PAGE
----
Food Insecurity and The National School Lunch Program

Decades of research point to a variety of environmental factors that influence the food on a child’s plate. With family income being a primary indicator of access to food, the National School Lunch Program has become a fundamental but turbulent federal subsidy that repeatedly sits at the heart of political turmoil.

In 1968, a study of the National School Lunch Program found that “only one-third of the 6 million children living in poverty were receiving free or subsidized lunch,” according to Huffington Post Highline. In response, Congress created a tiered system based on financial need to level the school lunch playing field. In the 1980s, the Reagan administration cut back on the program as part of a broader campaign against welfare.

Almost 50 years after the study, children from families at or below 130 percent of the federal poverty rate are eligible for free meals in the National School Lunch Program. Those kids account for roughly 73 percent of school lunches distributed in the program.

Access to food can impact childhood nutrition beyond the scope of income when families live in food deserts — geographic areas where a grocery store or market is not available within a half mile or walking distance. Without a car or public transportation, venturing out beyond a rural town, college campus, or urban neighborhood on foot is a barrier for families who have to carry groceries home by hand. Families who live in food deserts are less likely to purchase fresh food and pack food for future meals, leaving children unlikely to know when or where they will eat next. This is commonly known as food insecurity.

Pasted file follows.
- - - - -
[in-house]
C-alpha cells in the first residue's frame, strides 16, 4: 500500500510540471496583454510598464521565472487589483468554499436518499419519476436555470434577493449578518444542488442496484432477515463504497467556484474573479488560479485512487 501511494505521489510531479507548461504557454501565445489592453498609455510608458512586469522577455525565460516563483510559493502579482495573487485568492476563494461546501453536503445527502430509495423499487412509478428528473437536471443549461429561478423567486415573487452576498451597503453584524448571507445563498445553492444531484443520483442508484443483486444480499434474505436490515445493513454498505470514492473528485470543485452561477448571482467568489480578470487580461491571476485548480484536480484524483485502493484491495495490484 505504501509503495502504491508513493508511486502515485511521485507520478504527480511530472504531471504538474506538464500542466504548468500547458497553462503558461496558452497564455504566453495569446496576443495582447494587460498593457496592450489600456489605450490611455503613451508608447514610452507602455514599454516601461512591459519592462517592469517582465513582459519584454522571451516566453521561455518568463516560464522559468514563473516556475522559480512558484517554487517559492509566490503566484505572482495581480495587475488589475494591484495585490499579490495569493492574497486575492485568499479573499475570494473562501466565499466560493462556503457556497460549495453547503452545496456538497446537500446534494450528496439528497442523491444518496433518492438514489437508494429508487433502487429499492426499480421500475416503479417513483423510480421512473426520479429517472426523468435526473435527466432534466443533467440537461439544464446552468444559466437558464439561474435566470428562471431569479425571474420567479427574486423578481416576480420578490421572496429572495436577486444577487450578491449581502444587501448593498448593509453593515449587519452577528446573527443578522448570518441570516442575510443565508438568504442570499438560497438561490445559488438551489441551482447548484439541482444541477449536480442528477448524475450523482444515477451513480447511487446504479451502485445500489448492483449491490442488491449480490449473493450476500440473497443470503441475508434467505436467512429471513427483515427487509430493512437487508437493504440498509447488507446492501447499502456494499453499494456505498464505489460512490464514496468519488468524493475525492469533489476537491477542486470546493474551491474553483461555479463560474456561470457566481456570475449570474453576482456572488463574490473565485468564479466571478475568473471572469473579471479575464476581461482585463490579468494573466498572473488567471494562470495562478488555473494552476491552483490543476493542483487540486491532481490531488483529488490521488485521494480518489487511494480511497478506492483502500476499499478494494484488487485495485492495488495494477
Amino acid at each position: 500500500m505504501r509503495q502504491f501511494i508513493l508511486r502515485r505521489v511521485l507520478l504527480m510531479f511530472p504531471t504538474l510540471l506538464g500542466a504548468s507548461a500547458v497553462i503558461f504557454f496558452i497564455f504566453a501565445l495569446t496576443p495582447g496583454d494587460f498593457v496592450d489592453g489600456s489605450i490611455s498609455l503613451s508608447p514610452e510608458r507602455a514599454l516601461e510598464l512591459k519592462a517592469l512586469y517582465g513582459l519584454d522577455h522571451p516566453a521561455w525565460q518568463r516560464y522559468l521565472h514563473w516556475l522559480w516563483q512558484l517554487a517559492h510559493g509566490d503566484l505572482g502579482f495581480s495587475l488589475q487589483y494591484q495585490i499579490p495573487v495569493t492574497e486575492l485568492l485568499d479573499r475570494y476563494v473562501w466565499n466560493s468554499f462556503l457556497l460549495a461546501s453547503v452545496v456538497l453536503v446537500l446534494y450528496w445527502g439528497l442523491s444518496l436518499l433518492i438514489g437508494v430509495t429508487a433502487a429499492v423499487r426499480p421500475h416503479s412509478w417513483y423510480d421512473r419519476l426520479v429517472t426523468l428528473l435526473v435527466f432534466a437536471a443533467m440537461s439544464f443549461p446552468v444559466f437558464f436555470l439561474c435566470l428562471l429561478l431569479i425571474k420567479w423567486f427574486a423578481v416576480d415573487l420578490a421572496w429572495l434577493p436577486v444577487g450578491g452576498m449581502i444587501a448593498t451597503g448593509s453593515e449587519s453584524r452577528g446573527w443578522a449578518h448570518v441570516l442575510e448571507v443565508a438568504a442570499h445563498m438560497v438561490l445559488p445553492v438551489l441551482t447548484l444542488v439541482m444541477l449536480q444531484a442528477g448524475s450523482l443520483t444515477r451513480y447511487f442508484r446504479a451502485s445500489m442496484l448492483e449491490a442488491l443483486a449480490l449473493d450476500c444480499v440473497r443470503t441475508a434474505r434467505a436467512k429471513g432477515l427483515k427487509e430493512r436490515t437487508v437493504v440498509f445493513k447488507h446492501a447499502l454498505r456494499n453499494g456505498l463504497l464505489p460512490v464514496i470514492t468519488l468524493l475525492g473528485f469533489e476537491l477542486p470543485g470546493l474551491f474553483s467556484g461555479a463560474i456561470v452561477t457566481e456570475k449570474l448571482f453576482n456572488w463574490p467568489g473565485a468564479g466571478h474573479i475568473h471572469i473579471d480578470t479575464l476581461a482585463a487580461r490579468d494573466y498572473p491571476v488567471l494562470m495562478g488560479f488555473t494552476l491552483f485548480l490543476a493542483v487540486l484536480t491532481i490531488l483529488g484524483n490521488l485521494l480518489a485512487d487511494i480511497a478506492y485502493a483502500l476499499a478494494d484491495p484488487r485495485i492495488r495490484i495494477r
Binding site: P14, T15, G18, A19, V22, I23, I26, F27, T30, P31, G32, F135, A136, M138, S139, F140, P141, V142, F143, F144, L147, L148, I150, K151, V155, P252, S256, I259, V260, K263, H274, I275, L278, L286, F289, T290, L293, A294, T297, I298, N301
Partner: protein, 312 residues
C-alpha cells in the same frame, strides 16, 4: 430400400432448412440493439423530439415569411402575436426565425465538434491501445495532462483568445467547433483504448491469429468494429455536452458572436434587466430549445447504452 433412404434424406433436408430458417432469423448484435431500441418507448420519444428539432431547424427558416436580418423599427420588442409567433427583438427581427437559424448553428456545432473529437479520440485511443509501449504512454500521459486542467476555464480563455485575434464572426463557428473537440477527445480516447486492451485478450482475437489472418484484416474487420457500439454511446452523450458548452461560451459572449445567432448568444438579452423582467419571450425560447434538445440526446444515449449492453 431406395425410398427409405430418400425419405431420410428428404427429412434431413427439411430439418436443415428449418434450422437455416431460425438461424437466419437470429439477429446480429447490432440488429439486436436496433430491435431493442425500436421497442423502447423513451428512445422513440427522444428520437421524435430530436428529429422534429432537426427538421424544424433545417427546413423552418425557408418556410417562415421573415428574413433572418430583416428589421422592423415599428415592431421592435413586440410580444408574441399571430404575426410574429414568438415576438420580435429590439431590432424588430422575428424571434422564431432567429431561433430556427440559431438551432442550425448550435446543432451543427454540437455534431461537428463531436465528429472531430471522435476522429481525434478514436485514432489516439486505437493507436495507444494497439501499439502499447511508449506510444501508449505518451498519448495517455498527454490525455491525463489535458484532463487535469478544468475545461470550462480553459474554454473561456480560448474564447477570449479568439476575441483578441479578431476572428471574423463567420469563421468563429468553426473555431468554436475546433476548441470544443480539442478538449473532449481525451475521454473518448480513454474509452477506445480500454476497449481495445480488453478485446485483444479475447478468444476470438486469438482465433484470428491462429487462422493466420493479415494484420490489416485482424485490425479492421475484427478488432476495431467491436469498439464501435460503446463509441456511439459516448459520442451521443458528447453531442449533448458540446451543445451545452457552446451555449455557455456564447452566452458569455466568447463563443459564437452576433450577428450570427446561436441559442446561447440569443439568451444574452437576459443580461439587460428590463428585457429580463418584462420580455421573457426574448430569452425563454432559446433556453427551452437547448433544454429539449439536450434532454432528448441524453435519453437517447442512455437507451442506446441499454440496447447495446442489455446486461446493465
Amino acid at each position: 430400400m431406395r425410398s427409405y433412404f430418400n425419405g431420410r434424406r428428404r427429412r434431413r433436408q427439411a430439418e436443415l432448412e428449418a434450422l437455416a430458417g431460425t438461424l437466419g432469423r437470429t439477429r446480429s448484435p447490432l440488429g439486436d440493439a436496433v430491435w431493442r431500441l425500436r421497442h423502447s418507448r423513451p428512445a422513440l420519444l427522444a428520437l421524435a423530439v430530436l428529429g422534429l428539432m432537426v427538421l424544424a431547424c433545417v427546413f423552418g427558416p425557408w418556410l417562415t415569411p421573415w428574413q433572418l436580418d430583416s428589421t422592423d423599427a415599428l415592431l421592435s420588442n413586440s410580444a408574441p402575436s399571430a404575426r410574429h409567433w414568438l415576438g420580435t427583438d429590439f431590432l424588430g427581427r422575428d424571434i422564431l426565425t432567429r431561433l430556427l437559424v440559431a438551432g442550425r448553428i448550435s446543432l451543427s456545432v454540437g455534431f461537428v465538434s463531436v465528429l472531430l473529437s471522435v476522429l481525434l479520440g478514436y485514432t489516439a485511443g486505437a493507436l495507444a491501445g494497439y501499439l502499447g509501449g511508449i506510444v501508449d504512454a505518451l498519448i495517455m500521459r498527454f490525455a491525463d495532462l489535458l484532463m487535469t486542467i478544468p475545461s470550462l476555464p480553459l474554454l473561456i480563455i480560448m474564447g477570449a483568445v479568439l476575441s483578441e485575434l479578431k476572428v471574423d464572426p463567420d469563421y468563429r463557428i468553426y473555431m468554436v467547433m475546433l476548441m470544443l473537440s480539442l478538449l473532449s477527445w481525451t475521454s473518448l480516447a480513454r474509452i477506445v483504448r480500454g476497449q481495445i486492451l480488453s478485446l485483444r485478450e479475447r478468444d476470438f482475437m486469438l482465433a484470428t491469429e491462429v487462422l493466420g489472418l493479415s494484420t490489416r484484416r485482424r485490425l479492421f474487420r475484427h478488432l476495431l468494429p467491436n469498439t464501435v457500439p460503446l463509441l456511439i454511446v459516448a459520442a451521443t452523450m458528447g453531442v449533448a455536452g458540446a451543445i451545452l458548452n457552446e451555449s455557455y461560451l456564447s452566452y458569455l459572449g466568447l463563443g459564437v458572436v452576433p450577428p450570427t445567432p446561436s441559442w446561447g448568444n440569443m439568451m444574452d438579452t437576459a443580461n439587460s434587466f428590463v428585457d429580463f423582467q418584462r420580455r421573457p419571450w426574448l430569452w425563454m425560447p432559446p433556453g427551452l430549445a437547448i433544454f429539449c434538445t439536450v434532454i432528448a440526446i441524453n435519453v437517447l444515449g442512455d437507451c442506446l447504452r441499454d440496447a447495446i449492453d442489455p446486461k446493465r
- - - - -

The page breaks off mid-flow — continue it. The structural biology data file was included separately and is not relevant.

Food insecurity is as complex as its contributing factors, meaning it can’t be solved with free lunches alone. From a policy level, it’s necessary to have programs like the National School Lunch and the Women, Infants, and Children (WIC) programs, but families can’t make major changes to their health without the support of a medical provider.

What Can FNPs Do?

Family nurse practitioners have a unique opportunity to talk with families during medical visits, as well as with children when working in school settings. Learning about a family’s lifestyle beyond the clinic walls can make FNPs better able to identify signs of food insecurity as they relate to hunger and nutrition, behavioral health, and physical fitness.

FNPs can help identify at-risk children and advocate for policies that improve access to nutritional food. The Institute of Child Nutrition says there are a number of ways FNPs can help school nutrition programs meet a student’s special nutrition needs. These include: 

  • Be aware of the available nutrition programs in their communities.
  • Refer families with school-aged students to a school nutrition program administrator.
  • Become a resource and team member for school nutrition programs within their school districts.

Aside from the National School Lunch Program, FNPs can also become familiar with other USDA initiatives, including:

For more information on childhood nutrition, visit: